Here is the boat I'll be installing the engine into. Its a 1979 Glastron Carlson CVX 18. It came complete with broken trailer springs and rotted out interior.
This photo shows the interior completely gutted out. Note the exposed stringers in the foreground. The inner transom plate is in position for measurements.
Here's the engine mount in position. Transom assembly is in, along with a new steering system. The new flooring can be seen in the foreground.
To maintain some originality of the boat, I modified the stock instrument panel to accept the aviation style gauges.
Gauges, from left to right are: Speedo, 3in1 eng (oil press - oil temp - fuel pressure,) N1 tach, N2 tach, Turbine outlet temp, and Torque pressure
Here's the engine mounted in the boat. The exhaust stacks are on, the oil tank is mounted, the batteries are in and the out drive trim pump is mounted on the left.
Here's a shot of the driveline, the scatter shield is off for clarity.
Here's a shot of the whole works, showing intake screen and scatter shield below it. The mercruiser shift-plate linkage is seen in the right foreground
July 23rd, 2000 Das Boot is in the water and ready for a test run.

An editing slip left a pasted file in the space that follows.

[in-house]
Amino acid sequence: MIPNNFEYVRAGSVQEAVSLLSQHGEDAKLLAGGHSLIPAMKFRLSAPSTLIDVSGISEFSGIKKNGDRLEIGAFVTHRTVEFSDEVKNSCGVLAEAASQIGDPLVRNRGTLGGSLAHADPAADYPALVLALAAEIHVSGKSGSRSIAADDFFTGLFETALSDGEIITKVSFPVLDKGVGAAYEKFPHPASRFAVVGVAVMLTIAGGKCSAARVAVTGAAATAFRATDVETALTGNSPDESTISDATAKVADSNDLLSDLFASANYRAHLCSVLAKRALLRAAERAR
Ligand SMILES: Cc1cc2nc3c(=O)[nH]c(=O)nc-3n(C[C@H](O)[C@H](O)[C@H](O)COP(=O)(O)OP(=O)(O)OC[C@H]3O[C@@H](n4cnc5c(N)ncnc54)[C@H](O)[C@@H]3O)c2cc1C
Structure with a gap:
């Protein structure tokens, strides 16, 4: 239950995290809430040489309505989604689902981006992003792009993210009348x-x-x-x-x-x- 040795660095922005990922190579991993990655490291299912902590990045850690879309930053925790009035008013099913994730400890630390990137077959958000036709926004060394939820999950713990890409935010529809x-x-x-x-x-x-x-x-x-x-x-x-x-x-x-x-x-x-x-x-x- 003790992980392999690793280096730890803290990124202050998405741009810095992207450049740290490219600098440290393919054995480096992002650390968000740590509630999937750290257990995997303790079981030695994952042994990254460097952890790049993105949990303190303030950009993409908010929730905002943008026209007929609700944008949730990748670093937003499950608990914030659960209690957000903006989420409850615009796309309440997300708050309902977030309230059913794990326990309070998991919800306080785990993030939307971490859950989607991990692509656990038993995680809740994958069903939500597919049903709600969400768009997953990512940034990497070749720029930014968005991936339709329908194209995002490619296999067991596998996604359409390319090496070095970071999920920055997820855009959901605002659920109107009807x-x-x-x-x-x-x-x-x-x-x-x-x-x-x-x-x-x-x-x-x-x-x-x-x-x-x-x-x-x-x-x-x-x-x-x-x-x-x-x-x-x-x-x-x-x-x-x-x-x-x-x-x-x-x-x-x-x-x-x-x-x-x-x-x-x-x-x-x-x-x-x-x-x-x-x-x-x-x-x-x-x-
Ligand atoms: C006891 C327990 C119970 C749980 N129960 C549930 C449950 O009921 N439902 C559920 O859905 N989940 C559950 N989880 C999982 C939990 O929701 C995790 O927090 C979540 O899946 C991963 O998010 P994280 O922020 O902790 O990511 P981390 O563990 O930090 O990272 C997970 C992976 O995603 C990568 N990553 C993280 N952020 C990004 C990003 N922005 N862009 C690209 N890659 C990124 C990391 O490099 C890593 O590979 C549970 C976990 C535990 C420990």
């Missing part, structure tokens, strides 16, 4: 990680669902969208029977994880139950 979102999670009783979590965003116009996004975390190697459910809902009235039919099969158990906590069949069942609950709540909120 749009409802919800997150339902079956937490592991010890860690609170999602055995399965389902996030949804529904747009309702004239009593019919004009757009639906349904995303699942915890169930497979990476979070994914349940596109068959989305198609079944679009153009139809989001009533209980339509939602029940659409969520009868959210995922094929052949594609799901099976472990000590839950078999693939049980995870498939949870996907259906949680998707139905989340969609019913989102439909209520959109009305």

My friend Marty , the outdrive expert, stands by as I spool up the engine.
We set out for the first test run, a little apprehensive.
Das boot Idling out to open water. If you look carefully you can see the water which cools the oil, exiting from the boat above the outdrive. At Marty's advice, I directed the water so it will cool the upper bearing in the outdrive top cap, a common problem spot.
Here's the boat at speed. Boat maintains good attitude and ride despite the extremely light-weight of the engine in the back and the added fuel load which is placed up in the front.
Preliminary test runs show the boat has great potential for high speeds. I'm still trying different props to obtain best results. So far speeds in excess of 60 mph have been recorded with n2 (output shaft) at only 50% of its max. Stay tuned for updates.